New, improved `Godspell' back

Musical: Pasadena Theatre Company is again performing John-Michael Tebelak's rocking version of the Gospel according to St. Matthew.

Arundel Live

March 23, 2000|By Mary Johnson | Mary Johnson,SPECIAL TO THE SUN

Pasadena Theatre Company is bringing back "Godspell," its most successful show last season and one of its most successful ever -- and the new version promises some innovations and improvements such as brighter, more colorful costumes and better choreography.

John-Michael Tebelak's "Godspell," with music by Stephen Schwartz, opened in New York in 1971. The semirock musical was conceived on Easter Sunday 1970 when long-haired Tebelak, a Carnegie Mellon University student, was returning from what was described as a dull Easter sunrise service, and was stopped by a police officer and searched for drugs.

The experience was the inspiration for "Godspell," which Tebelak produced at Carnegie with a score consisting mostly of old Episcopal hymns played by a rock band.

Tebelak left college to take the show -- which became his master's thesis -- to New York, and producers there brought in Schwartz, Tebelak's former Carnegie classmate, to write a new score.

"Godspell" is a rocking spiritual celebration of the Gospel according to St. Matthew, with characters who resemble flower children and interpret the parables within a relatively contemporary setting.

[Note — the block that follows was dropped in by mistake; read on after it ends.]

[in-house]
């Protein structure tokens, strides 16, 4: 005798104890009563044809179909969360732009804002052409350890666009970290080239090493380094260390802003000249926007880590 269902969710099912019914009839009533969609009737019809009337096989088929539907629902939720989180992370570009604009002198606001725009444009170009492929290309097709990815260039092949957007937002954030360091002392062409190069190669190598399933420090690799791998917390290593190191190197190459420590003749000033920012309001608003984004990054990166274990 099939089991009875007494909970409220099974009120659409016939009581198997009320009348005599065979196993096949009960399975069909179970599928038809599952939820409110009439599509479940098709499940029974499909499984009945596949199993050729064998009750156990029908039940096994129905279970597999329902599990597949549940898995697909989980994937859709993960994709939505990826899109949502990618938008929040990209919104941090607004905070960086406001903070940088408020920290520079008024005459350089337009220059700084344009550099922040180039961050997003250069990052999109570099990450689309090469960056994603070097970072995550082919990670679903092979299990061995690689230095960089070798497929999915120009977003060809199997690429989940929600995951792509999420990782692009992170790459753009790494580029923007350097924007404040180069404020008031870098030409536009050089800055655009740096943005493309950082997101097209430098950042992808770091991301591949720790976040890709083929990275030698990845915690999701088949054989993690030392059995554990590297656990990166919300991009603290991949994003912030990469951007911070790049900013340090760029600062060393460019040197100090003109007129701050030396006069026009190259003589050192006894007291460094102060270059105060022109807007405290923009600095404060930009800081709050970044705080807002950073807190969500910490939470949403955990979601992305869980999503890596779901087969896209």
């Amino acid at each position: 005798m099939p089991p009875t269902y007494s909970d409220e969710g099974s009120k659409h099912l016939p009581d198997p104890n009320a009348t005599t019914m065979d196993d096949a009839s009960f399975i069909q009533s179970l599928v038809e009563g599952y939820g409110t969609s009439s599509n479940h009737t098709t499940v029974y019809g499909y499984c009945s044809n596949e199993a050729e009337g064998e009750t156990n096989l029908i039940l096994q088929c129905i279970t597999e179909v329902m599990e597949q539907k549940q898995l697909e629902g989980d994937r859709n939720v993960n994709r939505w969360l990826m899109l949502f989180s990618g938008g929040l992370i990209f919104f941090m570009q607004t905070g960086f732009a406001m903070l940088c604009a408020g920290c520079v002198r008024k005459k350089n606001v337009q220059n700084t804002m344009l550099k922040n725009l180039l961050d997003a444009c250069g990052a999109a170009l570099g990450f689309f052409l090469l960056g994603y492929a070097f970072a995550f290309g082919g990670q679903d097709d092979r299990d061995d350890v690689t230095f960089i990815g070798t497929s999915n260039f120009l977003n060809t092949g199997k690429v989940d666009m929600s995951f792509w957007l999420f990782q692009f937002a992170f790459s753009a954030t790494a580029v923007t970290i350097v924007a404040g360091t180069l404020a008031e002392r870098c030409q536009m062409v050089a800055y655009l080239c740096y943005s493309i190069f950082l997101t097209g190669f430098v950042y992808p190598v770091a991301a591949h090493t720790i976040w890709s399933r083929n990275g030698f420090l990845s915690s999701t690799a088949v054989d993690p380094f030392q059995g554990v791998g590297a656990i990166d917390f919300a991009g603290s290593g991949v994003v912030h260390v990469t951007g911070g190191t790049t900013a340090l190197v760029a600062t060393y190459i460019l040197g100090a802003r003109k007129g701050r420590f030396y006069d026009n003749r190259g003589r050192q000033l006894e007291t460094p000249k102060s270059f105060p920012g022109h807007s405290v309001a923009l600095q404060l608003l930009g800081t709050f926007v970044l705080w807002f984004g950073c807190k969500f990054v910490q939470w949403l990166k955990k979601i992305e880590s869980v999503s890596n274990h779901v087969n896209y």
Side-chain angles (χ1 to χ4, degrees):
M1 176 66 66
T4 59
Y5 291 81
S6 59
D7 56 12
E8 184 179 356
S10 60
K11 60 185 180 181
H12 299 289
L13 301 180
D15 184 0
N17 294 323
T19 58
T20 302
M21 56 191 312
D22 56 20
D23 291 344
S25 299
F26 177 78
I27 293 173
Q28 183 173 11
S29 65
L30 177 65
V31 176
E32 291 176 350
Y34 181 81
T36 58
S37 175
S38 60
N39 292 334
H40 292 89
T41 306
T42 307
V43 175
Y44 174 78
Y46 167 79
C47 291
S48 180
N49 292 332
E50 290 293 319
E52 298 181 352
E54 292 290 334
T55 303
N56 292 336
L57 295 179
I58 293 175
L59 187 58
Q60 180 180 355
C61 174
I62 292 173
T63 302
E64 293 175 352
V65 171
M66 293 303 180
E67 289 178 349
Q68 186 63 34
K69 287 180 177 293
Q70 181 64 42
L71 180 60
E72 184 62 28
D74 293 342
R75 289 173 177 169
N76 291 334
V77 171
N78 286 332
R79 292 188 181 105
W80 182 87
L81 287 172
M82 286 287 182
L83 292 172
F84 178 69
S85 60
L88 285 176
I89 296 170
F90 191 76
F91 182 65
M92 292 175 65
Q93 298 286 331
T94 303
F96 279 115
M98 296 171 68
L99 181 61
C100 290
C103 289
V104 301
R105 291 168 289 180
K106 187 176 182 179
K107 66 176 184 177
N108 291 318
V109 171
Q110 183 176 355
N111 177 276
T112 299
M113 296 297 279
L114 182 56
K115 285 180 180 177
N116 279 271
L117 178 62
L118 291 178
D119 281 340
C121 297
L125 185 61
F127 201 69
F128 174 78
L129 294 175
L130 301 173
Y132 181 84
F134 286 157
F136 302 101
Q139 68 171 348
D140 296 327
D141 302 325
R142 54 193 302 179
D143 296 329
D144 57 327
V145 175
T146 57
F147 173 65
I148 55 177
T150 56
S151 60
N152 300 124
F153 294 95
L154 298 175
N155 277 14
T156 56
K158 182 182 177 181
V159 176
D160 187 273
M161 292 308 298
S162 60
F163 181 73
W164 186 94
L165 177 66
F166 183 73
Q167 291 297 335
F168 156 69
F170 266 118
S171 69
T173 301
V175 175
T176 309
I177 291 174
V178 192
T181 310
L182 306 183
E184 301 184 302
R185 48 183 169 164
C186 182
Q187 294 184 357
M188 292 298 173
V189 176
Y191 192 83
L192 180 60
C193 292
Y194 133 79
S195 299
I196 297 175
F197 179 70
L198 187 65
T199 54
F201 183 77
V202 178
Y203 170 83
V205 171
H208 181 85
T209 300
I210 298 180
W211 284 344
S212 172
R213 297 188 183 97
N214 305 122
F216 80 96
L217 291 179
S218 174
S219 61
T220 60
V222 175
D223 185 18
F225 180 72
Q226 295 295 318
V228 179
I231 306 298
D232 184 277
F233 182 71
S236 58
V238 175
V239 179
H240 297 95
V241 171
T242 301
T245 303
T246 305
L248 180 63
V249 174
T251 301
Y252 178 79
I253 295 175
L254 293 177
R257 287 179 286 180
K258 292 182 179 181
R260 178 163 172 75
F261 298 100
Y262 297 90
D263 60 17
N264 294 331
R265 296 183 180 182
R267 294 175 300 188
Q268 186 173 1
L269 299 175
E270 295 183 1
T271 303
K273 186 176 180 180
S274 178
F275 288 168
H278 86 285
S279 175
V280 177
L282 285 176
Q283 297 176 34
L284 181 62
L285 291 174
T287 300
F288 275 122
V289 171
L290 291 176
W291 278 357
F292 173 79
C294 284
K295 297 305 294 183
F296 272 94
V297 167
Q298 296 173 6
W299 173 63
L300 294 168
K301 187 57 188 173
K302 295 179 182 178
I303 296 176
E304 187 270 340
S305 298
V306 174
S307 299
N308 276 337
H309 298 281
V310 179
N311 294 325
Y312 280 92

The musical is a joyous interpretation through music and improvisation of the passion of Jesus.

Known for its contagious exuberance that connects with the audience, the show centers on Jesus' teachings to love one another. The lively score includes "By My Side," "Learn Your Lessons Well," "Turn Back, O Man," and possibly the best-known song, "Day by Day."

Pasadena's new version -- which opens tomorrow at the Humanities Recital Hall at Anne Arundel Community College -- will be directed by Deborah Newman Pferdeort, with PTC President Sharon Steele as executive producer.

Two actors will alternate in the role of Jesus. John Rose reprises his role as the all-loving, wise and forgiving Jesus on April 14 and 15. In earlier performances, the role of Jesus will be played by Frank Antonio.

Joe Rose will play the dual roles of John the Baptist and Judas on the first weekend. David Duvall, who played the title role in last fall's PTC production of "Jekyll and Hyde," will play John the Baptist and Judas on the following weekends.

New actors will be featured in the remaining roles. PTC promises a larger and stronger cast than last season's. This show's run has been scheduled by PTC during the Lenten season, and the company hopes that church groups will attend performances.

The company expects to bring segments of the show to local churches after the run, which ends April 16.

Curtain times are 8 p.m. Fridays and Saturdays and 3 p.m. Sundays, with an additional performance at 7: 30 p.m. April 16. Tickets are $12 for adults, $10 for seniors 63 and older and students ages 13 to 18, and $6 for children younger than 12.

To order tickets, call the PTC hot line at 410-969-1801.

Baltimore Sun Articles
|
|
|
Please note the green-lined linked article text has been applied commercially without any involvement from our newsroom editors, reporters or any other editorial staff.